I am now studying the Spence's job market model using both signaling and screening.

It turns out that, when a worker's reservation value = 0 (she can get 0 if she does not get employed), then both pooling and separating equilibria always exist in signaling. However, in screening, pooling equilibrium does not exist, and the range for separating is also narrower than in signaling.

Why is that so? Does it have anything to do with the refinements such as intuition criterion?

Is it true that screening will always be stricter than signaling?

(Sorry for being verbose - still quite new to this area and do not know how to describe the problem easily.)

(Reference: The question is discussed in the 13th chapter of MWG's textbook.)

  • $\begingroup$ What does "stricter" mean? $\endgroup$
    – Giskard
    Jan 9, 2017 at 14:57
  • $\begingroup$ By "stricter" I meant the equilibrium set generated by screening will be a subset of signaling. Sorry for the confusion. $\endgroup$
    – ZLIU
    Jan 10, 2017 at 0:56

1 Answer 1


The difference between signaling and screening stems from the fundamental difference in bargaining power- who offers the contract for which her utility is the highest. While in screening the uniformed party proposes the contracts, in signaling it is the informed party.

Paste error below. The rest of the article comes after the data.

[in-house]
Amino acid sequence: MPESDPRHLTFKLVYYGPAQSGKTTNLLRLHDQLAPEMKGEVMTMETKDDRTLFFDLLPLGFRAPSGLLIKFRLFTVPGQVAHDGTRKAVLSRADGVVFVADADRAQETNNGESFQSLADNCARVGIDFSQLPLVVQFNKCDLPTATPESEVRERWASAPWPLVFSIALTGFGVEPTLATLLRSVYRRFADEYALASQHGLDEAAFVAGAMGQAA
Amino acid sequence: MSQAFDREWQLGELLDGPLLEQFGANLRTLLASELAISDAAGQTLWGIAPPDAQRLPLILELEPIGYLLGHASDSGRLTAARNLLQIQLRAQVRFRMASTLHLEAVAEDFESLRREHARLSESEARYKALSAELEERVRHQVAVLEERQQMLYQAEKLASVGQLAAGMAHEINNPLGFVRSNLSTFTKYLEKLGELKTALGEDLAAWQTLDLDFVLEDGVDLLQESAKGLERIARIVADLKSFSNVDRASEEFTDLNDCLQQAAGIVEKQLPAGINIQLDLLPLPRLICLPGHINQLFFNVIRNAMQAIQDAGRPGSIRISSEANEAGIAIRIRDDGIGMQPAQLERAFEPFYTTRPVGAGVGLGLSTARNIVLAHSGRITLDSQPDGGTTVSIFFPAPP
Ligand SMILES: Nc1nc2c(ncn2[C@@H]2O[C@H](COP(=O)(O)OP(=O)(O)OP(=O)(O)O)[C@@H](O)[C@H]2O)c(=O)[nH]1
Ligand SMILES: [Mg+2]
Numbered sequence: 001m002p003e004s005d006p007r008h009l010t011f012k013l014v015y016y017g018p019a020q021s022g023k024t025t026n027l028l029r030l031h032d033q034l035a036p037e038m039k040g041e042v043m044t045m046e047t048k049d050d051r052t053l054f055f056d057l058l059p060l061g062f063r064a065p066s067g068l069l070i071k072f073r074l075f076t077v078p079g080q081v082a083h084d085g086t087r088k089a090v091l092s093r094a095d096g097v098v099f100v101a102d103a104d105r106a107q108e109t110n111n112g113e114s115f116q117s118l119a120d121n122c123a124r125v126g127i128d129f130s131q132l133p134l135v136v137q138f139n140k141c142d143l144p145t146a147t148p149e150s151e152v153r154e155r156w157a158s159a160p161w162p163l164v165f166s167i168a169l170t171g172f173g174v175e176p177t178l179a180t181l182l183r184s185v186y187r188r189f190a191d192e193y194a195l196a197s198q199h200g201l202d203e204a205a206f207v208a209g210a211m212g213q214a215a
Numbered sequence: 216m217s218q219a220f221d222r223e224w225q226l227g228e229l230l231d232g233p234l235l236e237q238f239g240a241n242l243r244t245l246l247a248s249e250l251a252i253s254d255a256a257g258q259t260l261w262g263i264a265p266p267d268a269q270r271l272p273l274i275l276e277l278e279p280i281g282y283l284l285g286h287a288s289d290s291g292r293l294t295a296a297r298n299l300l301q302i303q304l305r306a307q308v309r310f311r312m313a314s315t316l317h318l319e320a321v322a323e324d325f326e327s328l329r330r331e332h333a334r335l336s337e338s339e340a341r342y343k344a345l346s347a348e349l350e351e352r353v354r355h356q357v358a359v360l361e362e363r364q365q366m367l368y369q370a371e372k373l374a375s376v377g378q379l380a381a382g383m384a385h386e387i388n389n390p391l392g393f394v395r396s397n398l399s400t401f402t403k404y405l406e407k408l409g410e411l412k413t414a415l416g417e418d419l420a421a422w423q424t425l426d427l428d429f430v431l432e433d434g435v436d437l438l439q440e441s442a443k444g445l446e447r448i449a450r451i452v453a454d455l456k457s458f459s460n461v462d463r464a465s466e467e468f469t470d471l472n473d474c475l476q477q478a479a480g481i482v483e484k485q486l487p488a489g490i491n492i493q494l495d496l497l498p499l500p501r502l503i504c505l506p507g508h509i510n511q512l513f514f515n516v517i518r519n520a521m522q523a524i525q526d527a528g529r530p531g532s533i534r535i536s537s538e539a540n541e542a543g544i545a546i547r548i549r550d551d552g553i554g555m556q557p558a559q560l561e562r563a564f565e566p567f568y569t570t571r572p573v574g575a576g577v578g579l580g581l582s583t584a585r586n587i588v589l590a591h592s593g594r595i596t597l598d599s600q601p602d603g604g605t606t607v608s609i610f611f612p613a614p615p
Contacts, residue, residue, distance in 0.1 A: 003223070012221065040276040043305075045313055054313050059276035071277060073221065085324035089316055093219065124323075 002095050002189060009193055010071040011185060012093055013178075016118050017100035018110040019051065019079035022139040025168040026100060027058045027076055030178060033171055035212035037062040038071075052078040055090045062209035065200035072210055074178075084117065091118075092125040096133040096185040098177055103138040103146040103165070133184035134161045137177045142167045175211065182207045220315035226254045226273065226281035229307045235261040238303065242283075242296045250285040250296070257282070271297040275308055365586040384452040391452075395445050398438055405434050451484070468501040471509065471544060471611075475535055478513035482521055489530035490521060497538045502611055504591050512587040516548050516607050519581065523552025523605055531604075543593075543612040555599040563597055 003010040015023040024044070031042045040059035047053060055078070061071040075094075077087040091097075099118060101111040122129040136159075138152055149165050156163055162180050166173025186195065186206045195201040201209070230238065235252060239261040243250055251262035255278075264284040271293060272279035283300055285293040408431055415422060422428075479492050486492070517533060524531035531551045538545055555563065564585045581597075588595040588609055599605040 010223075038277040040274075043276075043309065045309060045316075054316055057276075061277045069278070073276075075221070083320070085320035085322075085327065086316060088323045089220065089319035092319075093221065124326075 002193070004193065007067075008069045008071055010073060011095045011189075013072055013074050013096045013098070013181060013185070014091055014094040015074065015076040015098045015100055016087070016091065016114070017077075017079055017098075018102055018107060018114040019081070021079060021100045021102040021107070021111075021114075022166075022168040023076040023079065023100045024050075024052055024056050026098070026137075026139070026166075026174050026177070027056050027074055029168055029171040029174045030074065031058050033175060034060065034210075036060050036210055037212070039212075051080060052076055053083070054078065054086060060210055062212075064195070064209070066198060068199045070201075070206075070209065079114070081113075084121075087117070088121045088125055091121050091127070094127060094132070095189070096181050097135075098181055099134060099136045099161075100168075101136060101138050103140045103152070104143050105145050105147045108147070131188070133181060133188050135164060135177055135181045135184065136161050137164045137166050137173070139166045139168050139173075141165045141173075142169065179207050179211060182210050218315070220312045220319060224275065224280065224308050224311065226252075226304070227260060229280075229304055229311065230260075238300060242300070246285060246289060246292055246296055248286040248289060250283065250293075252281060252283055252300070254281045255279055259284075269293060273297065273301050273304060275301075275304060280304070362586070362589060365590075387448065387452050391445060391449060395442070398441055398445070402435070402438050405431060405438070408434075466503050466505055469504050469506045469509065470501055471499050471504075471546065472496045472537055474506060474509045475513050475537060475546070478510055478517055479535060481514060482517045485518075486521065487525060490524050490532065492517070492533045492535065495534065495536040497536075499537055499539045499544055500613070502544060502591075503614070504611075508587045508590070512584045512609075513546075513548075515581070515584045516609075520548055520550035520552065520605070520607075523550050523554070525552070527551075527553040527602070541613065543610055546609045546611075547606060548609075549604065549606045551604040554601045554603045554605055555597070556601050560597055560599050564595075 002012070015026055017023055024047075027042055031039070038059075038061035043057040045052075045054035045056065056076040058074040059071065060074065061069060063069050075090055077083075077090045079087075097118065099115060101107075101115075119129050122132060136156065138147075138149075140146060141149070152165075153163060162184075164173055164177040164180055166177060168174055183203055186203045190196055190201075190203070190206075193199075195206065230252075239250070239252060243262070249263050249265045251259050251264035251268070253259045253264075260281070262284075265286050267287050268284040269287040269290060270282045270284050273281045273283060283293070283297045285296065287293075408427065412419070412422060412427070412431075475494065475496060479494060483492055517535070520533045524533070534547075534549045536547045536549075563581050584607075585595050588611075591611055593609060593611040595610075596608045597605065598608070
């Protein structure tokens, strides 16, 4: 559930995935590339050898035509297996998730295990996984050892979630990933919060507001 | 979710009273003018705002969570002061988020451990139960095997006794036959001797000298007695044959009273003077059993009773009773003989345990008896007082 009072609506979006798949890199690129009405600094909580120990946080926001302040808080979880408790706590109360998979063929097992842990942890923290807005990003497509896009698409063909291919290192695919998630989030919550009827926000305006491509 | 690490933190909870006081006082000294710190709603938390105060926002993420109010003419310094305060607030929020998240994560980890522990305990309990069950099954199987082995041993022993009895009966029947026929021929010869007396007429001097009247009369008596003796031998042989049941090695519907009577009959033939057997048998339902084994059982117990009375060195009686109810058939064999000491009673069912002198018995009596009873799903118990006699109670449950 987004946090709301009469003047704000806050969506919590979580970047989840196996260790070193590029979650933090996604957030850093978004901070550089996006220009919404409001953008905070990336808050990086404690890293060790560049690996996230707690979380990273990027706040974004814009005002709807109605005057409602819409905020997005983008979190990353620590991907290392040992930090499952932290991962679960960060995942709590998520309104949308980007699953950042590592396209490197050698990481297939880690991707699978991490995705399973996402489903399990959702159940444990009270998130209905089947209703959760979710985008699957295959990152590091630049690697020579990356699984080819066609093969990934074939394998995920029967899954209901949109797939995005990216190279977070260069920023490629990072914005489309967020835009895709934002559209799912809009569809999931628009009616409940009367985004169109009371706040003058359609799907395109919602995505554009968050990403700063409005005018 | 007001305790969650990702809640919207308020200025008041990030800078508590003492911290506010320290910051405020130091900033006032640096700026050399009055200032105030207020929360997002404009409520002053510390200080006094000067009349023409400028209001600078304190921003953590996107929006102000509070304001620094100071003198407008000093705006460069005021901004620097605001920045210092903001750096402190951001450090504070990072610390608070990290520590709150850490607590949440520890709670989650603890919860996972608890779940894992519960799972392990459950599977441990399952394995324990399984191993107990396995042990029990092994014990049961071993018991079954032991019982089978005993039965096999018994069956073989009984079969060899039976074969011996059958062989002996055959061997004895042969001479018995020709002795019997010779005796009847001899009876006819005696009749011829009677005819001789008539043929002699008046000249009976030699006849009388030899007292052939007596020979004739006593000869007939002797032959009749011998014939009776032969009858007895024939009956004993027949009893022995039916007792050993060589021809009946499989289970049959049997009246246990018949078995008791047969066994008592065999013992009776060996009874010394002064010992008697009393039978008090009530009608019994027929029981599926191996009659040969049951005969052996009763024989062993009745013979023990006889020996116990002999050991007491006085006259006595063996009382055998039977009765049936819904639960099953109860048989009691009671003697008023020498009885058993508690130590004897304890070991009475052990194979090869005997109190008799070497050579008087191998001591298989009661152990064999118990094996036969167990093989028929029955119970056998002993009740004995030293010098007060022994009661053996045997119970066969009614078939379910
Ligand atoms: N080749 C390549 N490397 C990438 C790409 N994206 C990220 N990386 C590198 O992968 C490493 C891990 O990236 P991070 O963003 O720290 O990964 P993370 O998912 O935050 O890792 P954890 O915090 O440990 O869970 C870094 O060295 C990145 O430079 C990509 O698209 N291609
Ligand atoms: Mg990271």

For your general conjecture, I refer to Stiglitz and Weiss (1990): "Sorting Out the Differences Between Signaling and Screening Models":

However, if the indifference carves of the informed agents satisfy what roughly would amount to a single crossing property in two dimensions, and some technical conditions hold, then all contacts in the screening game break even, and the set of outcomes of the screening game is a subset of the outcomes of the corresponding signaling game.

It has nothing to do with refinements such as the intuitive criterion, divinity and so on. These refinements are useful to "refine away unreasonable equilibria". Here, the issue is that the set of PBE is potentially quite rich while some equilibria rely on "unreasonable beliefs". The refinements formalize which of those beliefs are "unreasonable".

If you are interested, you can also look at settings that combine signaling and screening. This is the literature on informed principals, initiated by Myerson and Maskin & Tirole (1990, 1992). The informed principal first offers a contract to screen the agent while the contract proposal itself may reveal private information of the principal.


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